2 feet x 1 foot
2 feet x 2 feet
This triptych is an attempt to represent the stories hidden beneath skin. Colour and texture, vivid and dynamic, bring to the foreground experiences of “invisible” illness, pain, and healing through a visual and tactile language that beckons loudly to be witnessed. Hard and inflexible materials of ceramic, porcelain, glass, and grout coming together into a new form that reflects light and light and light, glistening and alive, forgiving and imperfect, is a tale of survival and transformation; not transformation in the sense of “I was sick and now I am healed” but in the sense of “I was against the grief and now I am moving with it, mostly”. This work speaks to the tumultuous process of cultivating love [and access] for one’s own body in the face of illness and loss.
Image Description: Series of three mosaics depicting 1) front side of a torso, from nipples down to just above the groin (square mosaic) 2) low back (smaller rectangular mosaic) 3) side profile from mid belly down to mid thigh (square mosaic). Mosaics feature an array of both warm and cold colours and have these colourful lines throughout, defining the contours, grooves, and curves of the body.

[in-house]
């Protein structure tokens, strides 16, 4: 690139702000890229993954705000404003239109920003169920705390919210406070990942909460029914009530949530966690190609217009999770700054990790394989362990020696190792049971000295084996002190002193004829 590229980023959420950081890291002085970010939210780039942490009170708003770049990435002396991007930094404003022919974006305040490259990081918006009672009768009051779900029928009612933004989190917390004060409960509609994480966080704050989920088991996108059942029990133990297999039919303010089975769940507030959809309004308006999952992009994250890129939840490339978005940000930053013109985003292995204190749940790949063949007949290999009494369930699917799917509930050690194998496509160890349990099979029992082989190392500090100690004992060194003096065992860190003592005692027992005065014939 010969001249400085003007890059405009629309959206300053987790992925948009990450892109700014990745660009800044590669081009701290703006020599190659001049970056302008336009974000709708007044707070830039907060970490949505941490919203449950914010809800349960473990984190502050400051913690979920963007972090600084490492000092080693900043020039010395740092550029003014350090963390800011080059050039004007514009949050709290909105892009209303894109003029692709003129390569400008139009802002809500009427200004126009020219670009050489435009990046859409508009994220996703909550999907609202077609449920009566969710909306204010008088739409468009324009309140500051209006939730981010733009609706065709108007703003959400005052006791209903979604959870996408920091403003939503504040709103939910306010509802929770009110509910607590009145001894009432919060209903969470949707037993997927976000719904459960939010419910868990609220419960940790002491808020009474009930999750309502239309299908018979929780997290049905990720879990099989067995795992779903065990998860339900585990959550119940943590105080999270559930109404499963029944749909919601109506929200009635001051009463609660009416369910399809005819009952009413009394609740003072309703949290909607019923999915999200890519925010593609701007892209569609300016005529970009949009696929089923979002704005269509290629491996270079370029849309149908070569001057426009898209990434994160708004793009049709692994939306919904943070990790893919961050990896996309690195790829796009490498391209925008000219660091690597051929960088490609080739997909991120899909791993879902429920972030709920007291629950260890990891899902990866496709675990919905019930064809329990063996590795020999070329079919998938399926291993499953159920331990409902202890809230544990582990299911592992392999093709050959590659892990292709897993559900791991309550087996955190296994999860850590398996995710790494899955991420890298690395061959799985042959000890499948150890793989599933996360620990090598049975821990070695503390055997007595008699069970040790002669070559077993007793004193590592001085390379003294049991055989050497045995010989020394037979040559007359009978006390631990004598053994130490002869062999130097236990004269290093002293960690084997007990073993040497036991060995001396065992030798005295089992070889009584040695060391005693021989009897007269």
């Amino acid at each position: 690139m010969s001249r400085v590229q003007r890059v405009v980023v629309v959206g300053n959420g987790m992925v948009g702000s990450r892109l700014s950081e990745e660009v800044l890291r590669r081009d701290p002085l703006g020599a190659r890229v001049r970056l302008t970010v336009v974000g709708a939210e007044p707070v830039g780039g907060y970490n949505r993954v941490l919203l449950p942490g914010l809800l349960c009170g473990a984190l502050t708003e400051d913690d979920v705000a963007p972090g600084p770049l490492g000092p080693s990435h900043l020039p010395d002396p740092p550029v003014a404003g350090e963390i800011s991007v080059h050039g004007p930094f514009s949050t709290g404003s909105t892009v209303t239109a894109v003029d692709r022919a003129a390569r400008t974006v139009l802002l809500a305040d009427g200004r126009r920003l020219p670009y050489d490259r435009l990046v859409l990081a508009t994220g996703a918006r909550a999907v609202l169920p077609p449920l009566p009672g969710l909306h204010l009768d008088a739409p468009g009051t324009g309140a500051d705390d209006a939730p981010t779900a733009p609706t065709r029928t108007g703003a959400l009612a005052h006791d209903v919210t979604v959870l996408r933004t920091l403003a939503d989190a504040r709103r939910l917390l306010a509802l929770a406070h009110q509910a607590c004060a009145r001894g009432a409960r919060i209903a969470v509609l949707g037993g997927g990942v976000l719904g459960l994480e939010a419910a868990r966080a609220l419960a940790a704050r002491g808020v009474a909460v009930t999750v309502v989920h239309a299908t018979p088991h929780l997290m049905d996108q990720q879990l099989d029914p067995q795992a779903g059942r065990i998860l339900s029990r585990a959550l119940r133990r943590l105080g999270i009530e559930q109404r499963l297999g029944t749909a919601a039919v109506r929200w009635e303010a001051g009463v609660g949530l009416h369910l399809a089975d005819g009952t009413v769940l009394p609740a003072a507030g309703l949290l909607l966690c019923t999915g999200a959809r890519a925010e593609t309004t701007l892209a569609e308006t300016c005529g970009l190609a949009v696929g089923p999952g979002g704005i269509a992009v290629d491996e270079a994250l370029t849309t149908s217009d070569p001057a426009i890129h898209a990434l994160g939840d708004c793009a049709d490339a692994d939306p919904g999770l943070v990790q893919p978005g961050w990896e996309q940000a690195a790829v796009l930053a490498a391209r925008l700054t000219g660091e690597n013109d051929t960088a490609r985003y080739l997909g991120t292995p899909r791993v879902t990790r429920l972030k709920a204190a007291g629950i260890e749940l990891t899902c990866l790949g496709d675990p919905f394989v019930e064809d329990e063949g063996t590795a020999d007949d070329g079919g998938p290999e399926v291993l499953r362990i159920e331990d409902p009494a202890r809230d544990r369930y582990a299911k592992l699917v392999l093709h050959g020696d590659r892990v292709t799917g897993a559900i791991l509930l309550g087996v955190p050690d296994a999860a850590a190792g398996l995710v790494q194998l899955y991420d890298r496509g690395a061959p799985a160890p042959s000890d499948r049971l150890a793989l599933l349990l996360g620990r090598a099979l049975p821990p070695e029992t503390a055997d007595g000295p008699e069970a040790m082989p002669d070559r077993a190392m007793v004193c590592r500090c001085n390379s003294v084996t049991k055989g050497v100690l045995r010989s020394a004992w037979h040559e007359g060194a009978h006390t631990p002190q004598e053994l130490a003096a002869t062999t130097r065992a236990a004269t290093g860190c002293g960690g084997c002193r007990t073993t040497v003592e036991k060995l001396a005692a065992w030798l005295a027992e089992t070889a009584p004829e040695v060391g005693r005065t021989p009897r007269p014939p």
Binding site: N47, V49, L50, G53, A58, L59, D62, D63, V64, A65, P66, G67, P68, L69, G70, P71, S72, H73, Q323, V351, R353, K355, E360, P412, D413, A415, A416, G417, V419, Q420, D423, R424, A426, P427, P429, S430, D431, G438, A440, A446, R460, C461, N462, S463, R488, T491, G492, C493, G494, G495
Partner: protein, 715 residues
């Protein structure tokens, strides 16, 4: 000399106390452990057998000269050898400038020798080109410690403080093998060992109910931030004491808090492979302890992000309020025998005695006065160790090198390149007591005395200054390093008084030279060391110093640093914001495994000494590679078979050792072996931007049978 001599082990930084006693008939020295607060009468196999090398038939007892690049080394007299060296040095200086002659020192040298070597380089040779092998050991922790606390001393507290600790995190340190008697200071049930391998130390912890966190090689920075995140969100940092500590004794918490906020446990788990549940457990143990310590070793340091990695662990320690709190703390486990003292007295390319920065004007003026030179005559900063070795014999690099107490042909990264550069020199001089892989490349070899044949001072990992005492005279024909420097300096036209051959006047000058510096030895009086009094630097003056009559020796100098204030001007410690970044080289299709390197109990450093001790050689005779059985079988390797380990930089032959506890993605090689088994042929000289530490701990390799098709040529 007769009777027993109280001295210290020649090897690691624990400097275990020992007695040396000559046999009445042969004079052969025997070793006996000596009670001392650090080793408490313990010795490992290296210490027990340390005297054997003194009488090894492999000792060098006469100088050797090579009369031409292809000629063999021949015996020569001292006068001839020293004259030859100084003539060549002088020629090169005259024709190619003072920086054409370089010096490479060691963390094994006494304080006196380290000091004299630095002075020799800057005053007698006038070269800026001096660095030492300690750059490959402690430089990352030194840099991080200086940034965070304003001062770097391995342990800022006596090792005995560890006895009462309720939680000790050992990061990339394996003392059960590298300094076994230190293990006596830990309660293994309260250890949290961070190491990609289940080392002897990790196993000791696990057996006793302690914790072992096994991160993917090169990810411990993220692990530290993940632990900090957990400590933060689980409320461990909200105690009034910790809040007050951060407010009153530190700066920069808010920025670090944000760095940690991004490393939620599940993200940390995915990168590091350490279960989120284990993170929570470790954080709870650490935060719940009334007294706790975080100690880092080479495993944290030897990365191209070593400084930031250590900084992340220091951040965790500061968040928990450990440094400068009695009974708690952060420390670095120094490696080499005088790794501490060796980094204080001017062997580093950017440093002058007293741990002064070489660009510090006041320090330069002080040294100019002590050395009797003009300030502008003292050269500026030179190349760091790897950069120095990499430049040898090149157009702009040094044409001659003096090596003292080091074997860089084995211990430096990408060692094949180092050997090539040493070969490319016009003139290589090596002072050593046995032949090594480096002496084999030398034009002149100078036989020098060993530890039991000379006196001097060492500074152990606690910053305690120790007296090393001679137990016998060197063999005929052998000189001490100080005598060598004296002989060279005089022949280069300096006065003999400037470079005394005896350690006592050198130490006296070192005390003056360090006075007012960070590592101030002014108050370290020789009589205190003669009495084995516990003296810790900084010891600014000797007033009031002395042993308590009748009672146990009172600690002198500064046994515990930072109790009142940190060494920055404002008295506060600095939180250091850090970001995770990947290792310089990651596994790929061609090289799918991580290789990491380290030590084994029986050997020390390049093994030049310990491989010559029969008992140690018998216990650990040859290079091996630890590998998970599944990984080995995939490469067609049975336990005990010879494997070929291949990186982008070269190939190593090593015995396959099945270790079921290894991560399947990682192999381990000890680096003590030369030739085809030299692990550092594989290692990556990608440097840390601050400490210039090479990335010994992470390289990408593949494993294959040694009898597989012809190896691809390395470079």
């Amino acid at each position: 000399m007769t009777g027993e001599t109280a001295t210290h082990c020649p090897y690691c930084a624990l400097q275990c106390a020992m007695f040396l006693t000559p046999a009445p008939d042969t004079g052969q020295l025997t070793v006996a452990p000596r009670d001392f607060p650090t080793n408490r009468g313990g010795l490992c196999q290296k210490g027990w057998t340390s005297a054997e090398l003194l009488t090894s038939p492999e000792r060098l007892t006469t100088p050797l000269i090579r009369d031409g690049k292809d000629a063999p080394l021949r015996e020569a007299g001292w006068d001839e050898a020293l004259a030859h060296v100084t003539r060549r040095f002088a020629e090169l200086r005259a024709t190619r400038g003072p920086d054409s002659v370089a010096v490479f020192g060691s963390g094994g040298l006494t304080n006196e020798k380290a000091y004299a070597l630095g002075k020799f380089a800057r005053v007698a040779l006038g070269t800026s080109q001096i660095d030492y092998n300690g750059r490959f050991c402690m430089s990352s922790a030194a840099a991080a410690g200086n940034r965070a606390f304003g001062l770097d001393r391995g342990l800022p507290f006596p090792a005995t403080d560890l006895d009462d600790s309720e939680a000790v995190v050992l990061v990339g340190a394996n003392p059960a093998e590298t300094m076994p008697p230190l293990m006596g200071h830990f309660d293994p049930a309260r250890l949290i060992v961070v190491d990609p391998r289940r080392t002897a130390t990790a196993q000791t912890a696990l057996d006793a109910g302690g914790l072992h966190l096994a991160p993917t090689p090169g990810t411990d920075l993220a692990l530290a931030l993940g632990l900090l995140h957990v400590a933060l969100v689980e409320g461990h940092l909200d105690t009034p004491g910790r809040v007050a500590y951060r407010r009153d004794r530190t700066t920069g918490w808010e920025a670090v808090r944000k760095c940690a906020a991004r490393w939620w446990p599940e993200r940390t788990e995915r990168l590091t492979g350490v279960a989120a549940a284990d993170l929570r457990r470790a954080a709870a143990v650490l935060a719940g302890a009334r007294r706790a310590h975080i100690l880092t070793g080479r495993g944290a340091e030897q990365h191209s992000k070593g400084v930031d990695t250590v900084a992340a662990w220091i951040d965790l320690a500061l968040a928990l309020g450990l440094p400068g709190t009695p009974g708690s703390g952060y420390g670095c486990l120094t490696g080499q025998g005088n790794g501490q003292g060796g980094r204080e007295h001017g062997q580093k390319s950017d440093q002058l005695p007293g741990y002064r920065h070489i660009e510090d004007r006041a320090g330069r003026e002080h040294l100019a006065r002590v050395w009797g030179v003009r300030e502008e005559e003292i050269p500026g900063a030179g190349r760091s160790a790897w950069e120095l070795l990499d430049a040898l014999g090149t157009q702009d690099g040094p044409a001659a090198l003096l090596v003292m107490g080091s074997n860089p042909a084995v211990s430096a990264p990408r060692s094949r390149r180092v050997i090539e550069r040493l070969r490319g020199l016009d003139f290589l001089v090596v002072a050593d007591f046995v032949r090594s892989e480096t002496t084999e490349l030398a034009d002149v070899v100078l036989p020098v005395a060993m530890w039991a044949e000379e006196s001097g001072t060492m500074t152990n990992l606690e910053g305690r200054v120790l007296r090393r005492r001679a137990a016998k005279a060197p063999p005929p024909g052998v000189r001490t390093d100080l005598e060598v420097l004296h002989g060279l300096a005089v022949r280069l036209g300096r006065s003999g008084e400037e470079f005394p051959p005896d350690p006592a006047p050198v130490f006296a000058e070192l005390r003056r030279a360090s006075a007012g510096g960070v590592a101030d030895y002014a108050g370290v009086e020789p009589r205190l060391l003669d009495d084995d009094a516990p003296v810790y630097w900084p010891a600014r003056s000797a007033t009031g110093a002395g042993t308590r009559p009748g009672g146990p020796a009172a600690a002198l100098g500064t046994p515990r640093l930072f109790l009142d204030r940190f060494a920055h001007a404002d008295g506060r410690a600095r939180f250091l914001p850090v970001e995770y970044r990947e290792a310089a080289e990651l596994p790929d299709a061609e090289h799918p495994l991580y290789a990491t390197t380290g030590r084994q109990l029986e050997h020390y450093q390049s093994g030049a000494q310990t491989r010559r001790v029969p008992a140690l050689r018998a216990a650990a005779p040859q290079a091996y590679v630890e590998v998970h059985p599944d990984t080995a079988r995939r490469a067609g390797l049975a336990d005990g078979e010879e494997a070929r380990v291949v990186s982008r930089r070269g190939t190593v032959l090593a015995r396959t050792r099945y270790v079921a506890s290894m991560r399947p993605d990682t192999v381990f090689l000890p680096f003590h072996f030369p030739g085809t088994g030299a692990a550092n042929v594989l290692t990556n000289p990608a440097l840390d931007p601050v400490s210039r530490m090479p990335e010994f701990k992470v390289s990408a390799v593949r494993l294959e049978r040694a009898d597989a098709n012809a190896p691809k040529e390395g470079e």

Photos by Yann Garcia
Hard Water / Soft Water
created at the Intergenerational LGBT Artist Residency
with material budget sponsorship from Red Dress Productions
glass, ceramic, grout & Weldbond on plywood
series of 6: 8 inches x 8 inches each
These mosaics are two of a dozen pieces created at the ILGBT Artist Residency in 2018. Drawing on water as a means to express the nuances of diasporic identity and politics, these pieces are inspired by the 55km-long stretch of ocean water beneath the Hong Kong-Zhuhai-Macau Bridge - a recently constructed infrastructure foreshadowing of the possible reabsorption of Hong Kong into mainland China. In contrast, they are also inspired by the relatively calmer waters of Lake Ontario on which the residency took place, whose calm is akin the reality of Kou's experience as someone far removed, both geographically and culturally, from the political turmoil, protests, violence and restless ocean waters in Hong Kong.